Referring now briefly to FIGS. 12 and 13, a sidewall 124 a of frame 124 supports contact member 138 in the position illustrated in FIG. 12, standing off slightly from the sidewall and clamped between the sidewall 124 a and a depending flange 140 a of cover 140. As also shown in FIG. 12, contact member 138 has a part 138 a suitably connected to conductor 136. High voltage electric potential is applied between the array of pins 132 and the field charging or earth plate 120, by way of the contact member 138, conductor 136, endmost pin support member 130 a, FIG. 11, the bus bar 134, pin support members 130 and, as shown in FIG. 13, by way of a contact member 146 supported by frame 124 and standing off from sidewall 124 a. Contact member 146 is suitably secured to plate 120 by fastener means 148, as shown in FIG. 13. Still further, FIG. 13 illustrates how field charging plate 120 is secured to frame 124 by one or more mechanical fasteners 150, one shown by way of example.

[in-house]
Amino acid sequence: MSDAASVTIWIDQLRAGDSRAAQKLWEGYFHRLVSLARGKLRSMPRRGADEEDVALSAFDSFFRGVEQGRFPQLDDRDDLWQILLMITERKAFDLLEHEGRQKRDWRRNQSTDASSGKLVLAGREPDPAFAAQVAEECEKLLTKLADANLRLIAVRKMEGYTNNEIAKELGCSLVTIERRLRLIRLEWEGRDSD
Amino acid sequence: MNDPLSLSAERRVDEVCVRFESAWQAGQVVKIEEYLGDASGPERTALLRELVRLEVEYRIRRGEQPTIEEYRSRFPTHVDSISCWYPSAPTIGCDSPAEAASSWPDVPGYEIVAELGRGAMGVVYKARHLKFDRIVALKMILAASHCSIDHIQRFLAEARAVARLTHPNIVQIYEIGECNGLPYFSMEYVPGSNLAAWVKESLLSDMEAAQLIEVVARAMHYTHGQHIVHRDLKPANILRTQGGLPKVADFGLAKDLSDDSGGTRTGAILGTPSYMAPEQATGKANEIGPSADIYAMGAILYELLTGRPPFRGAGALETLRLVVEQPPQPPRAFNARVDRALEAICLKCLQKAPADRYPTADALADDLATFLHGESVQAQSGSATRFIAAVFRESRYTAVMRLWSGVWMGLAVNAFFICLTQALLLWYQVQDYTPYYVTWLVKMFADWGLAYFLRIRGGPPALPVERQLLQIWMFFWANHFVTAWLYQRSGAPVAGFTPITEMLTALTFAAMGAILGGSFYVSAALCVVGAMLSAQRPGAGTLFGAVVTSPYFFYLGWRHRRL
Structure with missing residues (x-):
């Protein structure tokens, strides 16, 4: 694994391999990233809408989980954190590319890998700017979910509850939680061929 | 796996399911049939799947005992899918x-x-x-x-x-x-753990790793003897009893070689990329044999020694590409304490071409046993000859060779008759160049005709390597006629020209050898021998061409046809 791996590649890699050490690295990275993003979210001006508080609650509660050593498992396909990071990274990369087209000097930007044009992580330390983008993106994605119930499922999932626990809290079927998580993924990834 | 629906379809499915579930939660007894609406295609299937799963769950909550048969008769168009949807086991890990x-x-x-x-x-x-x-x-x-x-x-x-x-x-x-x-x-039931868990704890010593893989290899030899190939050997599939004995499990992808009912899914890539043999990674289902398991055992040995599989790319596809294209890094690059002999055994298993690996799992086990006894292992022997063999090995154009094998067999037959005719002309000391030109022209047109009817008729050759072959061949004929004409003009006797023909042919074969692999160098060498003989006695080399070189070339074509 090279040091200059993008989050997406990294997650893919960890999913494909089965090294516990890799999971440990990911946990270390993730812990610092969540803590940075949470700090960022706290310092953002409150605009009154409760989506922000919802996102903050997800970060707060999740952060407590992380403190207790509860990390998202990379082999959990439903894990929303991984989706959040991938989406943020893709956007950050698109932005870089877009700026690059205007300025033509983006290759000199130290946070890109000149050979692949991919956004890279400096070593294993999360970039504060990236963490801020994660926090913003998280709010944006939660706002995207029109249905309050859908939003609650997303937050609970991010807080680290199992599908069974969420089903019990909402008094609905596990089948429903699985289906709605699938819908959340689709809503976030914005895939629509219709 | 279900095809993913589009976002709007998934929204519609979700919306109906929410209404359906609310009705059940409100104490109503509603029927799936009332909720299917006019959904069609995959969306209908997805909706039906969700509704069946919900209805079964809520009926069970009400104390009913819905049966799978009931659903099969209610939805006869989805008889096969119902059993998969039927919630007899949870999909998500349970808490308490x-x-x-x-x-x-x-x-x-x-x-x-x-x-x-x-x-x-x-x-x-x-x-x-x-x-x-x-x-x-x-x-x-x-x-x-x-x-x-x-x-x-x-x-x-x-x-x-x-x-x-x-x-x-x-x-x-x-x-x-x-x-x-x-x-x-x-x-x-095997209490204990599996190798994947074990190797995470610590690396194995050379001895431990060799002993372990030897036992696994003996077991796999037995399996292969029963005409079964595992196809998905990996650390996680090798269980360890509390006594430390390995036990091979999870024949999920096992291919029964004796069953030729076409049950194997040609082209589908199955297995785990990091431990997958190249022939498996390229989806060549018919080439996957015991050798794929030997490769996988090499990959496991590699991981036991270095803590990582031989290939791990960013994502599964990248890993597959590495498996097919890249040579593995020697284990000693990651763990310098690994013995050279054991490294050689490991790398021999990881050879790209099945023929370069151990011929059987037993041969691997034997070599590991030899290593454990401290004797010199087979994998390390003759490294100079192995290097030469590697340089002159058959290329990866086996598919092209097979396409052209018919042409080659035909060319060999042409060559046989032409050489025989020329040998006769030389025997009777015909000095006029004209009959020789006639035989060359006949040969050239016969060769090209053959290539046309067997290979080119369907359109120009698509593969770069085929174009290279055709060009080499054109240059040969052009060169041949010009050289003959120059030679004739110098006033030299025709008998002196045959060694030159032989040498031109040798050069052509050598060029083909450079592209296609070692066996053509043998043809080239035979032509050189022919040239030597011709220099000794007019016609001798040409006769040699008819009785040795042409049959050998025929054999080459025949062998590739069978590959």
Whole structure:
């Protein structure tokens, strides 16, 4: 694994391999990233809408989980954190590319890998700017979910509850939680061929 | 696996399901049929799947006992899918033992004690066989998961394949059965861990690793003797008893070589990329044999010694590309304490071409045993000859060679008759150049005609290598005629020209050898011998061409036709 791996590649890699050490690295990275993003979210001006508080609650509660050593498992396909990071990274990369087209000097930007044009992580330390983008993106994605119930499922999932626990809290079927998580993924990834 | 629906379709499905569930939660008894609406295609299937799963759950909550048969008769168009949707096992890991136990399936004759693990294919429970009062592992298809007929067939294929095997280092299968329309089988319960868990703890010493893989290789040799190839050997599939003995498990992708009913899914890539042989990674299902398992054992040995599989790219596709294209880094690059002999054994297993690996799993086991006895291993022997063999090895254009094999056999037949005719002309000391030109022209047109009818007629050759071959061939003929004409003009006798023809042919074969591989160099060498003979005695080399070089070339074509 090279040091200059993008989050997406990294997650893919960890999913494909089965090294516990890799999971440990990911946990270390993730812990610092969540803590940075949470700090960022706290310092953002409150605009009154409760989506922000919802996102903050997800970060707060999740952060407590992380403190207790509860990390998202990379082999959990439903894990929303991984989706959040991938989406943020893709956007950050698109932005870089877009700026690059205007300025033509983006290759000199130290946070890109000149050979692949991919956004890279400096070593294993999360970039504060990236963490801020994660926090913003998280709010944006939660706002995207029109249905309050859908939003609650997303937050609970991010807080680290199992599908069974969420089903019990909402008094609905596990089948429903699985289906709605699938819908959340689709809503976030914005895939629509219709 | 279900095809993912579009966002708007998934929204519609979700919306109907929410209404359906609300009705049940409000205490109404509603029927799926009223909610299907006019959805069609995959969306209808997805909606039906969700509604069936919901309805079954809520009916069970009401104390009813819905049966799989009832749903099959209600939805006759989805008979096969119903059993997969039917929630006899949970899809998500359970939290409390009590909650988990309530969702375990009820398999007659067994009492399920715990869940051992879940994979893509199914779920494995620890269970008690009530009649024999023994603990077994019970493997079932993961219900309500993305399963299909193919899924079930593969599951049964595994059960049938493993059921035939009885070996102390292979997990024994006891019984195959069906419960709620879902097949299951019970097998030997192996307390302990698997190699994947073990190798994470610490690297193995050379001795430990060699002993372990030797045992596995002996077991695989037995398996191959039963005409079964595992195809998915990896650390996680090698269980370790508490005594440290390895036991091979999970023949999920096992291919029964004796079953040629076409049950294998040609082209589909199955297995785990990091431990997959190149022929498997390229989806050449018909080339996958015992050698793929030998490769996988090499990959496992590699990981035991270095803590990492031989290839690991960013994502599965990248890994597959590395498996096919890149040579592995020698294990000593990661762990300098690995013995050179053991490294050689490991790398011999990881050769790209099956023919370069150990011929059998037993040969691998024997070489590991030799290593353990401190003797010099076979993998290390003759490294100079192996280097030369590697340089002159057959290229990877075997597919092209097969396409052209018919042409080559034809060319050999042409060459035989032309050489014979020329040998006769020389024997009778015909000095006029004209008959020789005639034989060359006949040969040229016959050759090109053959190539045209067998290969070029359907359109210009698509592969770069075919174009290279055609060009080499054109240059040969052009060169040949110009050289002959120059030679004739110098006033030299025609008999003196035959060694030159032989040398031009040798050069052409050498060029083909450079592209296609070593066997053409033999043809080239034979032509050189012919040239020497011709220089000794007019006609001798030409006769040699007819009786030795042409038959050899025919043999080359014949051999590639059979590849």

Referring now to FIGS. 6 and 7, the panel or bracket 64 is provided with means for conducting high voltage electric potential to the contacts 106 for the filter unit 70 and to the contacts 138 and 146 of the field charging unit 72 to provide the requisite intense electric field operable to provide the advantageous filtration process of the filtration system 34. The conductors 34 x and 34 y, FIG. 6, are trained through suitable strain relief and anchoring means 63 a and 63 b, which means are preferably molded into the web or wall 63 of panel or bracket member 64. A generally rectangular enclosure perimeter wall 63 c is formed on the web 63 and which is closed by a removable cover 61 a, see FIG. 4. Conductors 34 x and 34 y are suitably connected to conductors 160 and 162, respectively, FIG. 6, which in turn are connected to elastically deflectable contact members 163, 164, 165 and 166, respectively. Elastically deflectable contact members 163 and 165 are supported on web 63 and project through spaced apart openings 63 d, and contact members 164 and 166 are supported on web 67 and project through spaced apart openings 67 d, and are operable to engage the contacts on the filter unit 70 and the field charging unit 72. For example, when the field charging unit 72 is disposed in the working position shown in FIG. 4, contact members 164 and 138 are engaged with each other while contact members 166 and 146 are engaged with each other to provide a high voltage potential between the pins 132 and the charging or earth plate 120. In like manner, contact members 163 and 165 engage the respective spaced apart contact members 106, FIG. 10, when filter unit 70 is slidably disposed in the cabinet 24 in the working position shown in FIGS. 2, 3 and 4, and as described hereinbefore.